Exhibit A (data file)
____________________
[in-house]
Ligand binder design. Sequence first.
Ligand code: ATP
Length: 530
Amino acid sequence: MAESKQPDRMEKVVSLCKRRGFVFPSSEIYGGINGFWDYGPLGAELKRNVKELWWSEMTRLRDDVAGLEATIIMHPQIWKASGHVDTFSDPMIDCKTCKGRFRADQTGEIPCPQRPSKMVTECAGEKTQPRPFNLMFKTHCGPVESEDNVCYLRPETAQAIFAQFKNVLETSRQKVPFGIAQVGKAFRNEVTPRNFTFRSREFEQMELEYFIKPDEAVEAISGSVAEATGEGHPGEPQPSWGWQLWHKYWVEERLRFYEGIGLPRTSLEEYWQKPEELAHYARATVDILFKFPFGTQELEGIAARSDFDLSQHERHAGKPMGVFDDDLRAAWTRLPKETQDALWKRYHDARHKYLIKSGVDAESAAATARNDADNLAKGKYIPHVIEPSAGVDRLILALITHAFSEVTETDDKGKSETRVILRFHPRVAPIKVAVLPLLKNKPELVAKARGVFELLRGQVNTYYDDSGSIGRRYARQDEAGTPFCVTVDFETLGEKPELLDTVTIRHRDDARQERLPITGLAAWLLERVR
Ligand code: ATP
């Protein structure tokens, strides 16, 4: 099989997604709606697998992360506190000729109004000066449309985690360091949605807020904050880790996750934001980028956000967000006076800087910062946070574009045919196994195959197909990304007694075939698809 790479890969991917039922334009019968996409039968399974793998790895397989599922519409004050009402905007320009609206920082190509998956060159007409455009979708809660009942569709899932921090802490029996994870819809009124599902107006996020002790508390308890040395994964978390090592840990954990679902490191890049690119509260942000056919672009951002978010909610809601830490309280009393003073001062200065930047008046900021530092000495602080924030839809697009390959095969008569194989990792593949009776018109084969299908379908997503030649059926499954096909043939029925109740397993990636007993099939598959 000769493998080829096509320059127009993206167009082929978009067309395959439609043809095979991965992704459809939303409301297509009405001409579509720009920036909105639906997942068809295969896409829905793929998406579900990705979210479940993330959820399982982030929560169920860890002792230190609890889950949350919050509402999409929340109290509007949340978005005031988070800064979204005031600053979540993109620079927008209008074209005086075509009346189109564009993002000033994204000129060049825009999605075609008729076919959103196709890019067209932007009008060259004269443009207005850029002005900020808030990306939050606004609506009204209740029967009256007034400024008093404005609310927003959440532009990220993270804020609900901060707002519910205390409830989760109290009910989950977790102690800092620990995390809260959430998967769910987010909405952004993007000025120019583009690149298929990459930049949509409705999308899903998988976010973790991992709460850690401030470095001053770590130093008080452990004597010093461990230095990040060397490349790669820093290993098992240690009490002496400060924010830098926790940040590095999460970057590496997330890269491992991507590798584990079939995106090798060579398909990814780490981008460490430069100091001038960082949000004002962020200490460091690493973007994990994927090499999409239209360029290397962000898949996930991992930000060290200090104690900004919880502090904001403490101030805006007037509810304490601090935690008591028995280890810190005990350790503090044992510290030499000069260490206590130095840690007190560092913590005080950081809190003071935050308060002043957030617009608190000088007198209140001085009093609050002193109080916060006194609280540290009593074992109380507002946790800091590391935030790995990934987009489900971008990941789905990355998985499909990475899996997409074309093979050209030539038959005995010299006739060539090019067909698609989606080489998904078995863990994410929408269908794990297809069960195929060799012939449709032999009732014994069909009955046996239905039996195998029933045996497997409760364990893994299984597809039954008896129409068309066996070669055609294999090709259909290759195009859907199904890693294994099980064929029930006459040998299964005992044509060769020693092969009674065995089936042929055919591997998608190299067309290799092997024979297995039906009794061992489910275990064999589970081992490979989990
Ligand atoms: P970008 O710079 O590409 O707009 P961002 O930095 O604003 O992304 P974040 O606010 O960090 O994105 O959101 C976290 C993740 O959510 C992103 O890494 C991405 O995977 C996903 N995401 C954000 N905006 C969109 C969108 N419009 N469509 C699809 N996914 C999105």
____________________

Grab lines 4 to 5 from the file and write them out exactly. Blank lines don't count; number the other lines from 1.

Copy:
Length: 530
Amino acid sequence: MAESKQPDRMEKVVSLCKRRGFVFPSSEIYGGINGFWDYGPLGAELKRNVKELWWSEMTRLRDDVAGLEATIIMHPQIWKASGHVDTFSDPMIDCKTCKGRFRADQTGEIPCPQRPSKMVTECAGEKTQPRPFNLMFKTHCGPVESEDNVCYLRPETAQAIFAQFKNVLETSRQKVPFGIAQVGKAFRNEVTPRNFTFRSREFEQMELEYFIKPDEAVEAISGSVAEATGEGHPGEPQPSWGWQLWHKYWVEERLRFYEGIGLPRTSLEEYWQKPEELAHYARATVDILFKFPFGTQELEGIAARSDFDLSQHERHAGKPMGVFDDDLRAAWTRLPKETQDALWKRYHDARHKYLIKSGVDAESAAATARNDADNLAKGKYIPHVIEPSAGVDRLILALITHAFSEVTETDDKGKSETRVILRFHPRVAPIKVAVLPLLKNKPELVAKARGVFELLRGQVNTYYDDSGSIGRRYARQDEAGTPFCVTVDFETLGEKPELLDTVTIRHRDDARQERLPITGLAAWLLERVR